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Originally published in "The Lord's Coming Herald & Wesleyan Bible Prophecy Advocate," Fall Edition 1999

Understanding Darbyism

The late Wesleyan Methodist educator, Leslie Wilcox, in his Profiles in Wesleyan Theology (3:310), states that Darbyism "has been the most popular theory among holiness people and many other evangelicals during the last three-quarters of a century." It is probably fair to say, however, that most laymen in the modern Wesleyan Holiness movement, and many of our preachers, too, are thoroughly confused over Darbyism.

One elderly saint who had spent nearly all her life ministering in a holiness Bible college told me she had never heard of it, and that in spite of the fact that Darbyism is what the institution where she taught had espoused as gospel truth for many years!

Now what is this animal called Darbyism anyway? Darbyism is a belief system, mainly about the end-time, that hangs on the following structural pegs:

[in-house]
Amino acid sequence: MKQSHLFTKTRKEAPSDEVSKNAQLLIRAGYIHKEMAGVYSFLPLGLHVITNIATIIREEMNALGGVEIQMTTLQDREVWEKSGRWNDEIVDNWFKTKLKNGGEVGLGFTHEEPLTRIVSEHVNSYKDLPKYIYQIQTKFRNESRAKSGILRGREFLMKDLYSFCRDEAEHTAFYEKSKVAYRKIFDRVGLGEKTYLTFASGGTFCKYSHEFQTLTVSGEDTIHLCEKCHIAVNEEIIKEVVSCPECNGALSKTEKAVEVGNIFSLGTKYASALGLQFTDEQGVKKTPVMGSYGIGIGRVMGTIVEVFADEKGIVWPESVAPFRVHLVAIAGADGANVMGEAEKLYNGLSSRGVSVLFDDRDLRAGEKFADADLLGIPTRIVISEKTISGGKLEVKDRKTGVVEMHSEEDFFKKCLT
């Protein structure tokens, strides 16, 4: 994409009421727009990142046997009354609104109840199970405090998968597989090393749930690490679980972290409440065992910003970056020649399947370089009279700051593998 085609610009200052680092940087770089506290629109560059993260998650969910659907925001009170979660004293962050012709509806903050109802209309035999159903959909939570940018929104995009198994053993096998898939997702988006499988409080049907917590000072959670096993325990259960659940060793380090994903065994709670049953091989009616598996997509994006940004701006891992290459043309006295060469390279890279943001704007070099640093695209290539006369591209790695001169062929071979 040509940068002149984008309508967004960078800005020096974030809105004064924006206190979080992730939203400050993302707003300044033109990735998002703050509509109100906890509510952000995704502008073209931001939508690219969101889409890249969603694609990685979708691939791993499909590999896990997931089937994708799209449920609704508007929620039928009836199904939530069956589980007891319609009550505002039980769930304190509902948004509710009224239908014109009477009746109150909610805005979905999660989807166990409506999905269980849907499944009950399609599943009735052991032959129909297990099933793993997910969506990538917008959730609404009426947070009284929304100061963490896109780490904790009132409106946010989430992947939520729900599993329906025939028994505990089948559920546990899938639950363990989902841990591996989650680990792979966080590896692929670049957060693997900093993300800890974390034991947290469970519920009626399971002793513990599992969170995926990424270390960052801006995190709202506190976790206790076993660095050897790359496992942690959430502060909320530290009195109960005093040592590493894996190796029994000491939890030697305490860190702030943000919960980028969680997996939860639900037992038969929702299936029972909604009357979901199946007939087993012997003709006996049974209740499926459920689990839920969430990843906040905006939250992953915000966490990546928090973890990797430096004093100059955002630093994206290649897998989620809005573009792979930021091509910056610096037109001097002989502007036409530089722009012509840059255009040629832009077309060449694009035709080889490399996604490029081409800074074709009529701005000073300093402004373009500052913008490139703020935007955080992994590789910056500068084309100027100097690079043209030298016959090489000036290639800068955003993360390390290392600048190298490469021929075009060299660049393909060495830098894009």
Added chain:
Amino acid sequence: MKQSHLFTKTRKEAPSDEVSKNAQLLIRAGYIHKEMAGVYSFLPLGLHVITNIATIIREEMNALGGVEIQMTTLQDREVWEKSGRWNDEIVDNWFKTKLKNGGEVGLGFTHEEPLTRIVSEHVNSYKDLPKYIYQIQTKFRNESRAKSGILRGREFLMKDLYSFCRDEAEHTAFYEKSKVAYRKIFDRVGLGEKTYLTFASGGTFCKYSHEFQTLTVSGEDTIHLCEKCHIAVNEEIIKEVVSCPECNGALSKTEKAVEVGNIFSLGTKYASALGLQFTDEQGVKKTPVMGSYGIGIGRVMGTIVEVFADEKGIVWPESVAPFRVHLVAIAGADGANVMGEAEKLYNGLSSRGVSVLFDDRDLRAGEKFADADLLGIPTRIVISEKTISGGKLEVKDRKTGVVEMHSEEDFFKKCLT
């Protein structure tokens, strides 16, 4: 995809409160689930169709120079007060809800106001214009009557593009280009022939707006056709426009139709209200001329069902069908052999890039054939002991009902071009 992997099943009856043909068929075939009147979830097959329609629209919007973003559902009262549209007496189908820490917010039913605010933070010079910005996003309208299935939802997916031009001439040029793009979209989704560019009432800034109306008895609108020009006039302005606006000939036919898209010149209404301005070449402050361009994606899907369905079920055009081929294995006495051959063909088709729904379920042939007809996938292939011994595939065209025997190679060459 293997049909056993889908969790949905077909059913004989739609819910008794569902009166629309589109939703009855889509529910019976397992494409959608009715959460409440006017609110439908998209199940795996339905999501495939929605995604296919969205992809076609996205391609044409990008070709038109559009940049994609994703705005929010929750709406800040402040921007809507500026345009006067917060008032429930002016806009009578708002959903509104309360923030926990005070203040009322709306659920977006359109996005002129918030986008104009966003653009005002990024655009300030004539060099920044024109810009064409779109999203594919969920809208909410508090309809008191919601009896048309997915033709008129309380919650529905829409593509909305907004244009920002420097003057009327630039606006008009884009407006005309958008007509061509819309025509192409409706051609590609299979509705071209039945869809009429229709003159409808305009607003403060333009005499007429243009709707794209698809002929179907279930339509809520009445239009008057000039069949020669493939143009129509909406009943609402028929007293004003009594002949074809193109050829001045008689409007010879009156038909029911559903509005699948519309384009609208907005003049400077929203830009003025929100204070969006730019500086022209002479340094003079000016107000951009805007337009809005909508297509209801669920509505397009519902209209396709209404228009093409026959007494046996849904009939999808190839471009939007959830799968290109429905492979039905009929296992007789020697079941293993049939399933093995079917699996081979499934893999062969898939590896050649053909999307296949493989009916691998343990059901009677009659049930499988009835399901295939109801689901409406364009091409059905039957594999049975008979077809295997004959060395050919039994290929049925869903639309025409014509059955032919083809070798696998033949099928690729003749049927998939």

1. There will be a future seven year countdown to the Battle of Armageddon, popularly called "the great tribulation period," which is presumably the 70th week of Daniel's prophecy of the Seventy Weeks. This future seven year tribulation period begins when the Antichrist orchestrates a peace treaty between the nation of Israel and her hostile neighbors in the Middle East (based on the assumption that Antichrist is the person who confirms the covenant with many for one week in Daniel 9:27).

2. The Holy Spirit is now restraining the appearing of the Antichrist, but he will be removed from the world in the secret rapture of the church just before the tribulation period begins (presumably based on II Thessalonians 2:6-7).

3. After the seven year tribulation period is over Christ will come with His church from the marriage supper of the Lamb to destroy Antichrist and set up his Jewish millennial kingdom (presumably based on Revelation 20).

That is not all there is to Darbyism, of course, but it is the essential points. Knowing this, most of us should agree that most of us were raised in the tradition of Darbyism, and may properly be called "Darbyites."

Enough for now of self-discovery.

Related Article Links

What Is Darbyism?
The Biblical Alternative To Dispensationalism